On a typical day at work I will perform tasks such as sweeping the grounds, transporting patients, dealing with the deceased, specimen collection, meal delivery and rubbish removal. This can be unpleasant at times, but is satisfying to get done, and there is an immediate end result. I enjoy the range of jobs that I can be asked to do, and the unpredictability of not knowing exactly what the day holds. I currently spend most of my time working in A&E, which can be hectic, but the time flies. Patient care is a significant aspect of my job; every day I help immobile, often very sick patients. I’ll take them for X-rays or for CT scans, and then back to their wards. Caring for them is extremely rewarding, and they are often very appreciative.
I am supposed to work 37.5 hours a week, but during busy periods in the hospital I have done nearly 60 hours per week, including night shifts lasting 12 hours. Shift work can be incredibly tiring and at times stressful, but is to be expected if your workplace is open 24 hours a day. The upside, though, is that I get around 12 days off every month.
To deal with this erratic schedule, I’d say that you need to be flexible, hard working and able to function well in both the morning and at night. The main quality that a good hospital porter must possess, though, is patience. On evening shifts I have to deal with drunk people who are at times argumentative and offensive. I also have to deal with the deceased – young and old. Potential hospital porters have to be mentally prepared for this. If you are professional and remain positive, though, it is not hard to deal with.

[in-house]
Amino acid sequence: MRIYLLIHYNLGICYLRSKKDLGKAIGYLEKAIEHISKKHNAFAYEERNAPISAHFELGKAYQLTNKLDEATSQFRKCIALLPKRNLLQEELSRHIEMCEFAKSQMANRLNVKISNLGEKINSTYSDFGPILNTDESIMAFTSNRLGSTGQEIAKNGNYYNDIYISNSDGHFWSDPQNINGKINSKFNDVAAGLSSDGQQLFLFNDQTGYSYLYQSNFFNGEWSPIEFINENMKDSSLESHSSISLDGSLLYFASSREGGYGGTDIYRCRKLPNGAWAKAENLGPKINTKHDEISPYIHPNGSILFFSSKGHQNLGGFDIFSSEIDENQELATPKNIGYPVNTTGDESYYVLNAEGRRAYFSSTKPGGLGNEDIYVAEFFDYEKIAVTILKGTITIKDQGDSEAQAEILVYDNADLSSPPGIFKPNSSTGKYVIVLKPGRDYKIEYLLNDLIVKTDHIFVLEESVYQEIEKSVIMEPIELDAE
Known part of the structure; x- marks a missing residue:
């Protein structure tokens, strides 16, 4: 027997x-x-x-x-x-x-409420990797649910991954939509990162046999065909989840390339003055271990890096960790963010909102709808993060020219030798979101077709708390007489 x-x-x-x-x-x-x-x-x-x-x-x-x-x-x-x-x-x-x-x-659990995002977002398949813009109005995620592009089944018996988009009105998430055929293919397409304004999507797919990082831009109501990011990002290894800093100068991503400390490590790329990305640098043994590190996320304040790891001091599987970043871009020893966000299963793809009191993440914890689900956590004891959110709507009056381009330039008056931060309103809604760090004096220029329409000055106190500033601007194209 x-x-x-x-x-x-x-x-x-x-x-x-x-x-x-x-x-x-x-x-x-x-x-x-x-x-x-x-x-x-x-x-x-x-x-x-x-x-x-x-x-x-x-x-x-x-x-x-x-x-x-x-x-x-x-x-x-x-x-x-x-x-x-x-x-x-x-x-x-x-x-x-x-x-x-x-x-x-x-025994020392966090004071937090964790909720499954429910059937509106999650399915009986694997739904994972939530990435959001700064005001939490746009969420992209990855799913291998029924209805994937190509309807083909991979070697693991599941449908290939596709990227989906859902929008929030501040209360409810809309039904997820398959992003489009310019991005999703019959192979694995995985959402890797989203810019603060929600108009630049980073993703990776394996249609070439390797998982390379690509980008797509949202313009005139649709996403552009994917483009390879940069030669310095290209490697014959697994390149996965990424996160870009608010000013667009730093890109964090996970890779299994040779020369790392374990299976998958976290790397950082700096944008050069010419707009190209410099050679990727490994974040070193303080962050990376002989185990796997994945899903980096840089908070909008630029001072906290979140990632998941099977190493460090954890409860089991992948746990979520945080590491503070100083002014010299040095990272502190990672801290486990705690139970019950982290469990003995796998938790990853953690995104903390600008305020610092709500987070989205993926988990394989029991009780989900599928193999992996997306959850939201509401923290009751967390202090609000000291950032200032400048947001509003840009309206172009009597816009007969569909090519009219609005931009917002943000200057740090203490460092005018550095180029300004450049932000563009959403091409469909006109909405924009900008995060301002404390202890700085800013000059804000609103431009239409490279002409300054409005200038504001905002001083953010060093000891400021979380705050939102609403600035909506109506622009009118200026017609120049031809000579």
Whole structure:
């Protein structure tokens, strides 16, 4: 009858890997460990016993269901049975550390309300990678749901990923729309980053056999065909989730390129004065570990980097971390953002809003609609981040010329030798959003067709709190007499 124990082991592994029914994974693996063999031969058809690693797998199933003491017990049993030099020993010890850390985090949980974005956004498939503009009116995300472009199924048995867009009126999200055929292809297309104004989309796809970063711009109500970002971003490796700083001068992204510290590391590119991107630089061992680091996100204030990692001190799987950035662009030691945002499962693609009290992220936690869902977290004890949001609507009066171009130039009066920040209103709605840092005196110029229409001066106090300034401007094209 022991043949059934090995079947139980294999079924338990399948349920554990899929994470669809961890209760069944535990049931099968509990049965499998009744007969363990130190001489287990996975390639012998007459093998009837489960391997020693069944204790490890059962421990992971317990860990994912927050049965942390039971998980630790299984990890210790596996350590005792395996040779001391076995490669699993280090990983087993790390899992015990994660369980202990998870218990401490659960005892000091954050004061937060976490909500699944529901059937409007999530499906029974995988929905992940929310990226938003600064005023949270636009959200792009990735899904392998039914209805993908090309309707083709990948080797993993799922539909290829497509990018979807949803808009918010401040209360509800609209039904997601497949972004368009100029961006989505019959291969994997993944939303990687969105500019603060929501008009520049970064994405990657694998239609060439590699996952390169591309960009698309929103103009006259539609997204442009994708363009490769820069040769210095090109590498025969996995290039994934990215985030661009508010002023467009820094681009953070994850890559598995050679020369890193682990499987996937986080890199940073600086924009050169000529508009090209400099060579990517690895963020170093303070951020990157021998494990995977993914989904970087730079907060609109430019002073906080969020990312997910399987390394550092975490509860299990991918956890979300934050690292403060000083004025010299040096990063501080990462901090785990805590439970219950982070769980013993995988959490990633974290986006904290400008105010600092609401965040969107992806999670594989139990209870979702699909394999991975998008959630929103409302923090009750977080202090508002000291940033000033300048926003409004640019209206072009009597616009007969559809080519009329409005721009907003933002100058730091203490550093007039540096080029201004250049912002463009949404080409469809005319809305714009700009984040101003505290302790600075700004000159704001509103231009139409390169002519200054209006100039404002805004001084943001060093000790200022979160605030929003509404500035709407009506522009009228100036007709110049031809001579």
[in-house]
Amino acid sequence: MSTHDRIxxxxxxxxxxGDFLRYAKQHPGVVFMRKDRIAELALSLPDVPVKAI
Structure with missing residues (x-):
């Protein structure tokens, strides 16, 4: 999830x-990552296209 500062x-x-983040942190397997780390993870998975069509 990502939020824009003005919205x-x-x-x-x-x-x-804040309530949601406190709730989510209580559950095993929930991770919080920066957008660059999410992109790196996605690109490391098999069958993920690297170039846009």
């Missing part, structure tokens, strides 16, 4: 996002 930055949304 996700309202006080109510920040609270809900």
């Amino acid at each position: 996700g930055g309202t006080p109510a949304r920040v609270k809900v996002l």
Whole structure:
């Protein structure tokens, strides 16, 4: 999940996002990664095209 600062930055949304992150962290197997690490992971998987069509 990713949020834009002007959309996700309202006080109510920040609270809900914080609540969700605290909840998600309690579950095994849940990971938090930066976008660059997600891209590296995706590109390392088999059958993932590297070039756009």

Of course, I do get to meet some lovely, very friendly patients from all walks of life. Having a chat with them can brighten their day and yours.
I work with about 20 other porters, and we work well as a team. I also know lots of other medical staff. That is one of the great things about a hospital environment – there are numerous people to get to know. If you have an interest in healthcare, and enjoy helping people, this could certainly be the job for you. I have always been content in my role, but have been working hard for around 45 years now, so am looking forward to retirement!”